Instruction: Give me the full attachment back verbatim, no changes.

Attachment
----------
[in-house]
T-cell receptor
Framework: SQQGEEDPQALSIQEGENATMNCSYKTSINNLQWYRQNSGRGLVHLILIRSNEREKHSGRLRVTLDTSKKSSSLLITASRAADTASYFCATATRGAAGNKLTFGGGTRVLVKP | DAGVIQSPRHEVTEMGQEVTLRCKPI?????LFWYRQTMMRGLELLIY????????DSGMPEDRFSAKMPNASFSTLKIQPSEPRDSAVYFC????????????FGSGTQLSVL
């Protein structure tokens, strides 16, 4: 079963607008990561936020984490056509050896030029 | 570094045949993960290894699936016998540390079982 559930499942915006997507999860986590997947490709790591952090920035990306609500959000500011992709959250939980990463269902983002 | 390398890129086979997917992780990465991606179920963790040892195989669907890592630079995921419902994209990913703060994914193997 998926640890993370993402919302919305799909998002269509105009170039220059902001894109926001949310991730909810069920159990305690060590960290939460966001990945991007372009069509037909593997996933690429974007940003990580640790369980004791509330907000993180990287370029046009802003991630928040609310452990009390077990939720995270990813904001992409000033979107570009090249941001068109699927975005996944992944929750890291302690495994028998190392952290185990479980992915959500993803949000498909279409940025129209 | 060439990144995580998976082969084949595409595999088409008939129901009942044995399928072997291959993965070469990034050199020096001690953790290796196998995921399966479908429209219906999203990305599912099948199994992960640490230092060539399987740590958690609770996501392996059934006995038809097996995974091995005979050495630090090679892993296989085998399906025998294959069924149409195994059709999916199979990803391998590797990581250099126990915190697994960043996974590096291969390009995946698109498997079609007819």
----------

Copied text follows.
[in-house]
T-cell receptor
Framework: SQQGEEDPQALSIQEGENATMNCSYKTSINNLQWYRQNSGRGLVHLILIRSNEREKHSGRLRVTLDTSKKSSSLLITASRAADTASYFCATATRGAAGNKLTFGGGTRVLVKP | DAGVIQSPRHEVTEMGQEVTLRCKPI?????LFWYRQTMMRGLELLIY????????DSGMPEDRFSAKMPNASFSTLKIQPSEPRDSAVYFC????????????FGSGTQLSVL
């Protein structure tokens, strides 16, 4: 079963607008990561936020984490056509050896030029 | 570094045949993960290894699936016998540390079982 559930499942915006997507999860986590997947490709790591952090920035990306609500959000500011992709959250939980990463269902983002 | 390398890129086979997917992780990465991606179920963790040892195989669907890592630079995921419902994209990913703060994914193997 998926640890993370993402919302919305799909998002269509105009170039220059902001894109926001949310991730909810069920159990305690060590960290939460966001990945991007372009069509037909593997996933690429974007940003990580640790369980004791509330907000993180990287370029046009802003991630928040609310452990009390077990939720995270990813904001992409000033979107570009090249941001068109699927975005996944992944929750890291302690495994028998190392952290185990479980992915959500993803949000498909279409940025129209 | 060439990144995580998976082969084949595409595999088409008939129901009942044995399928072997291959993965070469990034050199020096001690953790290796196998995921399966479908429209219906999203990305599912099948199994992960640490230092060539399987740590958690609770996501392996059934006995038809097996995974091995005979050495630090090679892993296989085998399906025998294959069924149409195994059709999916199979990803391998590797990581250099126990915190697994960043996974590096291969390009995946698109498997079609007819």